A lentigo-like pigment pattern was defined as any combination of light brown structureless pattern, curved lines (“fingerprinting”) or fine lines reticular. A lack of lentigo-like border was defined as the lesion border not being sharply defined.

Large polygons have been previously defined informally by the author [10]. They are polygonal geometric shapes larger than the perifollicular rhomboidal structures previously described for facial LM and are formed by straight lines. The lines are grey or light brown (which on high magnification themselves may be formed by multiple fine dots) or are formed by the straight edge of a junction between lighter and darker areas of the lesion. These shapes may be complete (Figure 1) or incomplete (Figure 2) or may be formed by a coalescence of smaller geometric structures. They may be subtle and are best appreciated at lower magnification.

Figure 1. An 8 x 11 mm diameter lentiginous growth pattern melanoma showing multiple complete large polygons. [Copyright: ©2014 Keir.]

Figure 2. A 13 mm diameter lentiginous growth pattern melanoma showing complete and incomplete large polygons. [Copyright: ©2014 Keir.]

Results

Over the study period, a total of 66 cutaneous melanomas were detected in the practice. The inclusion criteria were met by 20 lesions on 20 patients. Excluded from the study were acral or facial lesions (n=18) and non-facial non-acral lesions which lacked a lentiginous growth pattern (n=28). The histological growth patterns of the excluded non-facial non-acral lesions were: SSM pattern (n=13); mixed pattern (n=11); growth pattern not specified (n=3); and desmoplastic (n=1).

There were 14 female and 6 male patients; average patient age was 64 years (range: 44-83). Lesion distribution was: trunk 35%; upper limb 40%; and lower limb 25%. There were two thin invasive melanomas with the remainder being in-situ. The incidence of dermatoscopic criteria identified in the series was: chaos 100% (n=20); lentigo-like pigment pattern lacking a lentigo-like border 90%; asymmetrically pigmented follicular openings (APFO’s) 70% (n=14); grey blue structures 70% (n=14); large polygons 45% (n=9); eccentric structureless area 15% (n=3); bright white lines 5% (n=1) (see Table 1). Twenty percent of all lesions had only the novel criteria and/or APFO’s. Examples of lesions and key dermatoscopic features are illustrated in Figures 1 to 5.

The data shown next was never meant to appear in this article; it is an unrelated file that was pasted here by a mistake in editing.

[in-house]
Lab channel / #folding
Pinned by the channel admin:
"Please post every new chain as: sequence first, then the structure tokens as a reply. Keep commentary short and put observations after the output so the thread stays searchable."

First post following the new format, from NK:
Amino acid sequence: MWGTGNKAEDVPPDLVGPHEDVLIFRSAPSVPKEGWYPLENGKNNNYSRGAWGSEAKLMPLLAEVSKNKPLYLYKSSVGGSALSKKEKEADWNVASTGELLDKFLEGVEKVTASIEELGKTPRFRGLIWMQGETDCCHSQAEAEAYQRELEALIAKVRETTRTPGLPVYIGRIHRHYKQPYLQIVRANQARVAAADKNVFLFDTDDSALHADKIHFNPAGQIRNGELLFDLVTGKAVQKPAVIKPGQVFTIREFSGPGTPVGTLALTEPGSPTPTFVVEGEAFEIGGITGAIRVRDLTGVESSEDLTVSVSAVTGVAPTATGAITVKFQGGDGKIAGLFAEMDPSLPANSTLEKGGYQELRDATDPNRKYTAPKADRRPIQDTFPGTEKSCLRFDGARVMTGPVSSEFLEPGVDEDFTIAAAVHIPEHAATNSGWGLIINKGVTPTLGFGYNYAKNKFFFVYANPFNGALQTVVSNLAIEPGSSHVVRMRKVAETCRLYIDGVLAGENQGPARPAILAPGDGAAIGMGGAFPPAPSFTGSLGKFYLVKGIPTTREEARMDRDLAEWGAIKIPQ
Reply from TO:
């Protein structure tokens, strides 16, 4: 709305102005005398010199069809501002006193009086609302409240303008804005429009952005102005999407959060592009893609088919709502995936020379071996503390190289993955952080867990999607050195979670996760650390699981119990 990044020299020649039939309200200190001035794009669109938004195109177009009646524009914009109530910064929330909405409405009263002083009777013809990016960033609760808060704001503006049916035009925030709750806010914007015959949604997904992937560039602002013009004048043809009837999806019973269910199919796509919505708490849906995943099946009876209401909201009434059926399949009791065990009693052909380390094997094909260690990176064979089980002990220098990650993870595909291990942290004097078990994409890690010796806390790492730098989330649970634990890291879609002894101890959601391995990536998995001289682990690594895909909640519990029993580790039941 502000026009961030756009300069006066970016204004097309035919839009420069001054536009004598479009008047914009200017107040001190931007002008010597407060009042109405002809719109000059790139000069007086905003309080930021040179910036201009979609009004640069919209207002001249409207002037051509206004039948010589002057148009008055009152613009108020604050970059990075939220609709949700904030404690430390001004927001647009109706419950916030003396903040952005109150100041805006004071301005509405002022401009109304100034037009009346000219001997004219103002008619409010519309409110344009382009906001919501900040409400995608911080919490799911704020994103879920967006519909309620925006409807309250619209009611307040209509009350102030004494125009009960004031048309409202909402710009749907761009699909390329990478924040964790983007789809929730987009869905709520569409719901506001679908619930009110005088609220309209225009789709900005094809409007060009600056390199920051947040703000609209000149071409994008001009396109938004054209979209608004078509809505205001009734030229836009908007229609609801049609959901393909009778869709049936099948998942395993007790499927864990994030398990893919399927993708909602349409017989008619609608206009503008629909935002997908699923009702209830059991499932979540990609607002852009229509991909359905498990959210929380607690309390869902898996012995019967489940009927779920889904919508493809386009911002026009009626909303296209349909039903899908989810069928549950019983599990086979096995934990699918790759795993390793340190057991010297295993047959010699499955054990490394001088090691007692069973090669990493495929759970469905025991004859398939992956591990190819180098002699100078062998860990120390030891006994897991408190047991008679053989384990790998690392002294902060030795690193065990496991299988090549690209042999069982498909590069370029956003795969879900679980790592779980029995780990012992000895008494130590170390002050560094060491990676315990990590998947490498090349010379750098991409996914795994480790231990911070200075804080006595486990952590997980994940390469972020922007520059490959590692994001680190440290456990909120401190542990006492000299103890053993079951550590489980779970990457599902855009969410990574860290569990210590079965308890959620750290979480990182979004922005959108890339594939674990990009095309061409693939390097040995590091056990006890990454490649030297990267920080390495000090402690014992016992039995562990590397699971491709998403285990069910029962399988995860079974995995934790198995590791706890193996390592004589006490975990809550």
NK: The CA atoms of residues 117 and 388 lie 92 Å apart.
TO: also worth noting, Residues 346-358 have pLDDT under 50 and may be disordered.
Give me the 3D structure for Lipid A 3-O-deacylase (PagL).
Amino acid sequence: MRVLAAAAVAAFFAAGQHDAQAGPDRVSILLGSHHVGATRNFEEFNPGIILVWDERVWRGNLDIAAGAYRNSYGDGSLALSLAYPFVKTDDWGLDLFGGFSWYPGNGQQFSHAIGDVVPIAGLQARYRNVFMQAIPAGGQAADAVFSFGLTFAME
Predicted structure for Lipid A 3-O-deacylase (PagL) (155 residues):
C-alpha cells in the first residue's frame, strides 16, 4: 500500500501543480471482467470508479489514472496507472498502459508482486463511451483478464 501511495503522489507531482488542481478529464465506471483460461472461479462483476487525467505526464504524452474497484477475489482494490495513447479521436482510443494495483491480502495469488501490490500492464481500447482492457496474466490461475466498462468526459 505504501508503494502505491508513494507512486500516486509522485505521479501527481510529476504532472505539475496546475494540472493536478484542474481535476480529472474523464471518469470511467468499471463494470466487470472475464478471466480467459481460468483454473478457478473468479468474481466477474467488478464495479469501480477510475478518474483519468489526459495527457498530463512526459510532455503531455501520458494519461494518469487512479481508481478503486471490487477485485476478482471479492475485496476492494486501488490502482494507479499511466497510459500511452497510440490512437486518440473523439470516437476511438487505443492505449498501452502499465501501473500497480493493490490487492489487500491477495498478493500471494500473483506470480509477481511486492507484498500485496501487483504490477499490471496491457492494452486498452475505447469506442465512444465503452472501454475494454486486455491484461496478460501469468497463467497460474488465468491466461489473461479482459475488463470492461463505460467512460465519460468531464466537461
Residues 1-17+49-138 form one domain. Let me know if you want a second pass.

Table 1. Results showing demographics, site, Breslow thickness and positive dermatoscopic criteria by case. [Copyright: ©2014 Keir.]

Figure 3. Dermatoscopy of case 13. This 6 mm diameter thin invasive melanoma shows a lentigo-like pigment pattern (light brown structureless and lines curved) and lacks a defined lentigo like border. Arrows indicate multiple APFOs as eccentrically pigmented light brown and/or grey circles. [Copyright: ©2014 Keir.]

Figure 4. Dermatoscopy of case 16. This 4.5 mm diameter melanoma in situ shows a lentigo-like pigment pattern (light brown structureless and lines curved) and lacks a defined lentigo like border. There are multiple complete and incomplete large polygonal shapes of varying sizes formed by lines composed of fine brown dots. Arrows indicate multiple APFO’s as eccentrically pigmented light brown and/or grey circles. [Copyright: ©2014 Keir.]

Figure 5. Dermatoscopy of case 19. This 4 x 7 mm diameter melanoma in situ shows a lentigo-like pigment pattern (light brown structureless and lines curved) and lacks a defined lentigo like border. In the center of the lesion, indicated by the circled area, there are multiple complete and incomplete large polygonal shapes of varying sizes formed by lines composed of fine brown dots. Arrows indicate multiple APFO’s as eccentrically pigmented light brown and/or grey circles. [Copyright: ©2014 Keir.]

Discussion